Abortion clinics ask Judge to protect them from safety requirements intended to protect women that go back over 20 years

By Dave Andrusko

District Judge Robert S. Ballou heard arguments Thursday from lawyers representing abortion clinics in three states– Virginia, Montana, and Kansas—asking him to shield them from further limitations on their use of mifepristone, one half of the two-drug chemical abortion techniques. They are asking the judge to force the FDA to drop several longstanding restrictions on how mifepristone can be prescribed.

 “Specifically, providers want the FDA and U.S. Department of Health and Human Services to abandon the set of restrictions known as a Risk Evaluation and Mitigation Strategy (“REMS”), which has applied to mifepristone since it was approved 23 years ago,” according to Whittney Evans. “REMS regulates mifepristone in a similar way to chemotherapy drugs, which providers argue is unnecessary and misleading.”

What the providers ultimately want “is for the federal government to remove the REMS designation entirely,” Evans continued. “In the meantime, they’ve asked District Judge Robert S. Ballou for a preliminary injunction to prevent further restrictions and maintain the status quo.”

In a different case now working its way through the courts, pro-life plaintiffs in Alliance for Hippocratic Medicine v. U.S. Food and Drug Administration (FDA) expressed a radically different view.

They argued that the FDA unlawfully fast-tracked the approval of mifepristone through a process intended for the treatment of life-threatening illnesses.

In that case, District Judge Matthew Kacsmaryk issued a national injunction on April 8th on the use of mifepristone in chemical abortions. On April 21, the U.S. Supreme Court released a decision that stayed lower court rulings and returned the issue to the 5th Circuit.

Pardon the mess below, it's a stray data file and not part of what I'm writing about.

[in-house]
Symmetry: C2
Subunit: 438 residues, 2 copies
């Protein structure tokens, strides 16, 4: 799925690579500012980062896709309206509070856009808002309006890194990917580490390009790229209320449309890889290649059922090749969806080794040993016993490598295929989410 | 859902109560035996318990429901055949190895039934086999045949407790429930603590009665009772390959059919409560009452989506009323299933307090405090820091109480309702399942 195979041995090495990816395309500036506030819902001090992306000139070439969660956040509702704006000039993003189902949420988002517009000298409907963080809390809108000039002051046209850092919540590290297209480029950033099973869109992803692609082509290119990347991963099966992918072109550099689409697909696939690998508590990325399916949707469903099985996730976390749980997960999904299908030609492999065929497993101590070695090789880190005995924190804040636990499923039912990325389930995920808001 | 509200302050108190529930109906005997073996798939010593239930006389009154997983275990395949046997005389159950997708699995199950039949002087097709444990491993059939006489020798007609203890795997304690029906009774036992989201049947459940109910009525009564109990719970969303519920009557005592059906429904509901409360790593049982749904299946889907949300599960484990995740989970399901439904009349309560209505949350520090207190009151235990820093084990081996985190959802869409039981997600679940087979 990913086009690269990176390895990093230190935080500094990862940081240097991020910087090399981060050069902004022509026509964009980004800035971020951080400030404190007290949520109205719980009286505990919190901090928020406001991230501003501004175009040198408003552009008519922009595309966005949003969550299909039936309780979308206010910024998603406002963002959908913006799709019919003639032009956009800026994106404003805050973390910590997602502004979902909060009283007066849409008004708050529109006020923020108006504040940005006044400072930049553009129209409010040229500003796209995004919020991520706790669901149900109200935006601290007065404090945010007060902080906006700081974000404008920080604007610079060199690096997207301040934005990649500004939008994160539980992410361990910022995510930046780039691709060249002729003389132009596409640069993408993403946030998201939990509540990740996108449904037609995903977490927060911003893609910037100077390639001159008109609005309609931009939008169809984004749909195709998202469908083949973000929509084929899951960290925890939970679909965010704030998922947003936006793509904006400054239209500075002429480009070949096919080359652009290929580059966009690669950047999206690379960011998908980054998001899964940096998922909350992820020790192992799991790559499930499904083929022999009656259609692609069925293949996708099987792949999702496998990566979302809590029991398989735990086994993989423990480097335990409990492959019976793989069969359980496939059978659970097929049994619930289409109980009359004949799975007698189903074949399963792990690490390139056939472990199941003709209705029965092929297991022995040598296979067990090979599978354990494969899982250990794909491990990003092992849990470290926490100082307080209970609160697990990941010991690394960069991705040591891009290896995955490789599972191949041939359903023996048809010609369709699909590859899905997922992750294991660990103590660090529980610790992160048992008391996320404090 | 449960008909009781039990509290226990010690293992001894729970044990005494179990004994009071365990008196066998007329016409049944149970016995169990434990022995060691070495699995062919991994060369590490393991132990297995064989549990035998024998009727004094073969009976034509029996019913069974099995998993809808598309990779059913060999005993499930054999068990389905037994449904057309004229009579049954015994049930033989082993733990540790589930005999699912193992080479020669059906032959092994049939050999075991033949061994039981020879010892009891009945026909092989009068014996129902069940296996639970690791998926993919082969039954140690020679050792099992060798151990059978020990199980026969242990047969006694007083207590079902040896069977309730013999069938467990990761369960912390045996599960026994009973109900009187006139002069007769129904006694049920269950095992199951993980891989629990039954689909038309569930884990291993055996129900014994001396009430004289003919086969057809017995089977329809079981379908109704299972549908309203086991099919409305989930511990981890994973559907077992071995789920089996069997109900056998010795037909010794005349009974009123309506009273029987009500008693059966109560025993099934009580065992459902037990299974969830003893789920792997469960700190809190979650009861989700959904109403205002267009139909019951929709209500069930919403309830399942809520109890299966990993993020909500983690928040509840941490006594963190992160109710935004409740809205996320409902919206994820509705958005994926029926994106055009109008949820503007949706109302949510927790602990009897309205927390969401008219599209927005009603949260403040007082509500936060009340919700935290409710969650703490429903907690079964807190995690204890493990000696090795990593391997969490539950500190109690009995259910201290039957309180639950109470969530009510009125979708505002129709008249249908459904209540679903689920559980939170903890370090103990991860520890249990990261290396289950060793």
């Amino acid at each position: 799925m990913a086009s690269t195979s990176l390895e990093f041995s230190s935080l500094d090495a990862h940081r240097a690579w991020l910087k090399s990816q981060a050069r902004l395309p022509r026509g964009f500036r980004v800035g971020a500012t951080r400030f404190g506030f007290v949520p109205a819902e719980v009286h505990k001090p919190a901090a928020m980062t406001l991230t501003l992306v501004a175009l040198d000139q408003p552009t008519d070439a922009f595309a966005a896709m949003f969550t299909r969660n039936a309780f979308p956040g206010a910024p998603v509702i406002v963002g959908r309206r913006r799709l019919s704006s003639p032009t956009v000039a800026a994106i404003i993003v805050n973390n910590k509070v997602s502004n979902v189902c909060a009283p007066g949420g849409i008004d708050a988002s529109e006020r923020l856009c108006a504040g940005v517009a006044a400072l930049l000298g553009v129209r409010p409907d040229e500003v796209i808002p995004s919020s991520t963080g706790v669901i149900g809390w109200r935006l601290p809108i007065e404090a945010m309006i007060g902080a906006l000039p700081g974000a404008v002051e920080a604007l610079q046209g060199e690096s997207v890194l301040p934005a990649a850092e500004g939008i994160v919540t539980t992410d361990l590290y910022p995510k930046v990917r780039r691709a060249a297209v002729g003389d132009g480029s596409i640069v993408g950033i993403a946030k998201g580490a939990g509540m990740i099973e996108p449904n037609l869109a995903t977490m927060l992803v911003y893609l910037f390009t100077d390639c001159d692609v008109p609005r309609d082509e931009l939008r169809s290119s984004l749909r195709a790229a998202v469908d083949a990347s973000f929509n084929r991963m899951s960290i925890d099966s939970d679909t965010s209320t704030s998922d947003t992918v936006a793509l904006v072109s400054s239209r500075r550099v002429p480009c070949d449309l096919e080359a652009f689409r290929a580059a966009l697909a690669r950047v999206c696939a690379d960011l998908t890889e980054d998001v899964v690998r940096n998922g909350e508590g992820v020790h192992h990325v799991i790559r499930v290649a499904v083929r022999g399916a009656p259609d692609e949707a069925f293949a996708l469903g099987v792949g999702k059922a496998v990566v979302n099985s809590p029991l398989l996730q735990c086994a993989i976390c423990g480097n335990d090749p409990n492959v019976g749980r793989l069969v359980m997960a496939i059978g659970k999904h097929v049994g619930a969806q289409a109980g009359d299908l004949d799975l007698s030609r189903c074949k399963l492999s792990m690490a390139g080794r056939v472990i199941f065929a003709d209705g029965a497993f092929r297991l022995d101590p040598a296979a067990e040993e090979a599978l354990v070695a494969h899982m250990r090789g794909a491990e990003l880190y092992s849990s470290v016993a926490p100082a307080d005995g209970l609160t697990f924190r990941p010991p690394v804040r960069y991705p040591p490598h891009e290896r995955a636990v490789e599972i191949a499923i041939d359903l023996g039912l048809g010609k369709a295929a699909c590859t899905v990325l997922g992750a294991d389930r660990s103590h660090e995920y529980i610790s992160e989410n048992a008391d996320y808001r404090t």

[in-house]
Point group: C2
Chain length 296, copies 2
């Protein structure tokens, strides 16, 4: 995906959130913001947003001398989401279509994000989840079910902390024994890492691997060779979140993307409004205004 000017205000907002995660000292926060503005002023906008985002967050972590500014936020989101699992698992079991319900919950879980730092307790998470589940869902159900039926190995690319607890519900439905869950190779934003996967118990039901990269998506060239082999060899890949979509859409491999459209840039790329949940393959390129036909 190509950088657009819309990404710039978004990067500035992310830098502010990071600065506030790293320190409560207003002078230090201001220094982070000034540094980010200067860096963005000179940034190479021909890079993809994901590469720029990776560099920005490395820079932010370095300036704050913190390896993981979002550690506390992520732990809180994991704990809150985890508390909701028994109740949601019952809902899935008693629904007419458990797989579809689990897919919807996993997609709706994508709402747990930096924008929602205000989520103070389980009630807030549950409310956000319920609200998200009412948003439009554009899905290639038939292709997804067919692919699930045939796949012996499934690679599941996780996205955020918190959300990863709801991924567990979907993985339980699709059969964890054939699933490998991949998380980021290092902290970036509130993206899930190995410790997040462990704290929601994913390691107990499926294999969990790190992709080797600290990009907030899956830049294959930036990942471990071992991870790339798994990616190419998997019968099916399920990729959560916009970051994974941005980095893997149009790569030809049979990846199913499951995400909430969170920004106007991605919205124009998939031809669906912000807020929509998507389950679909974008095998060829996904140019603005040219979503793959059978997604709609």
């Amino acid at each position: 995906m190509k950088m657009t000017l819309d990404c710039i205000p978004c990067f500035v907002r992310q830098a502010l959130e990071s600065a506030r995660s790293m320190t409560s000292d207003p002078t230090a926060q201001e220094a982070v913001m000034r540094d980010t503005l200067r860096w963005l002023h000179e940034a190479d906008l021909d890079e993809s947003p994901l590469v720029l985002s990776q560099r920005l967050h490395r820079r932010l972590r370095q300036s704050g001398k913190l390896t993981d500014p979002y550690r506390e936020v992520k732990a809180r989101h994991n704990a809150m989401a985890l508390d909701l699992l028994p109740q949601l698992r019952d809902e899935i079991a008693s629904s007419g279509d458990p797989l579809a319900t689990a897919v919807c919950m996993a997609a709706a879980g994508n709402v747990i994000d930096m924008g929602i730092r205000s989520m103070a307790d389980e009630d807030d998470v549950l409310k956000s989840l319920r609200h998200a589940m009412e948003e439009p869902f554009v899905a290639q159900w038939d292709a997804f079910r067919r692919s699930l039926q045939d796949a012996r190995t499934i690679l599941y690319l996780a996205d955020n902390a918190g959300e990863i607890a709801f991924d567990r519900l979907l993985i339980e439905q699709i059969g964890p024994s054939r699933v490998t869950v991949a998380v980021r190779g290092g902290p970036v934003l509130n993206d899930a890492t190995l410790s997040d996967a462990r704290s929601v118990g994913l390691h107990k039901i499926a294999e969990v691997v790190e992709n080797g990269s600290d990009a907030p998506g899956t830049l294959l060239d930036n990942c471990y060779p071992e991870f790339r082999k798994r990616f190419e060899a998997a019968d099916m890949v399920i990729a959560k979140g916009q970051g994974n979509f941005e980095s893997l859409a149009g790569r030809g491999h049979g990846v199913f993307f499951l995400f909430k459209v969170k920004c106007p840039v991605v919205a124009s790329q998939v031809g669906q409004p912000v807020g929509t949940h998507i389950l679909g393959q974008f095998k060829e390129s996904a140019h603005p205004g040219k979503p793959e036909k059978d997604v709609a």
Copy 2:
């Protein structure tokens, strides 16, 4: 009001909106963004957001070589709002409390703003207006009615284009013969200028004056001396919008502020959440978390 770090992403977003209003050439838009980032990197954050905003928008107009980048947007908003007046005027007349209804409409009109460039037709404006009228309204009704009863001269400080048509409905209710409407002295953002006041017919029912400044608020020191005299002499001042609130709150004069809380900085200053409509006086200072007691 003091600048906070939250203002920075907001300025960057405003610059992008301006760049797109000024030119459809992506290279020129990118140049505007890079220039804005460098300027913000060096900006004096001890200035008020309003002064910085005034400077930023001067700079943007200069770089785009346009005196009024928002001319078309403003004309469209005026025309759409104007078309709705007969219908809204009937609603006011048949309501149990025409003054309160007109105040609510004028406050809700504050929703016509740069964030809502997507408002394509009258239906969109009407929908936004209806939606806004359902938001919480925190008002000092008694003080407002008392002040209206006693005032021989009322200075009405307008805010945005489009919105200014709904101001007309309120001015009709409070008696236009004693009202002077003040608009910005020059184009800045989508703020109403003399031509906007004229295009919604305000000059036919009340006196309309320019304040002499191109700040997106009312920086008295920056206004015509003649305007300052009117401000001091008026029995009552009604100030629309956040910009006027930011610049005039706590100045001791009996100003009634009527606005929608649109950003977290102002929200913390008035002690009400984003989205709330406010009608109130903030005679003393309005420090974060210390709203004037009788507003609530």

The pro-abortion plaintiffs argue that mifepristone has been used safely and effectively for more than two decades. “[By] making mifepristone seem uniquely dangerous, FDA’s continuing restriction of mifepristone stigmatizes medication abortion and contributes to the chaos anti-abortion activists now sow,” according to the lawsuit. “Plaintiffs are continuously facing the weaponization of the REMS by anti-abortion activists around the country.”

Indeed, the Department of Justice and Danco Laboratories (which manufactures mifepristone) went so far as to insist that complication rate for women who take mifepristone is miniscule—less than one percent.

But Dr. Randall O’Bannon, director of Education & Research, has cited studies proving that the percentage is much, much higher. (See here.)

He told me “But the coup de grace is probably just exactly what the Alliance for Hippocratic Medicine attorney Erin Hawley cited — the FDA itself, pointing to Table 2 of the 2023 label itself, which showed ER Visits to be between 2.9%-4.6%.

On April 5, National Right to Life released a white paper about the myths involving the Food and Drug Administration’s (FDA) approval and management of mifepristone (generic for Mifeprex),  accurately anticipating and answering many of the issues that have been raised in coverage of the case.

Meanwhile, in a third case similar to the one just heard by Ballou, a federal judge in Washington state came to a dramatically different conclusion. Judge Thomas O. Rice’s ruling compels the FDA not to do anything that might affect the availability of mifepristone in the 17 states (and the District of Columbia) with Democrat attorneys general who have sued. They argued that too many regulations already exist on the drug.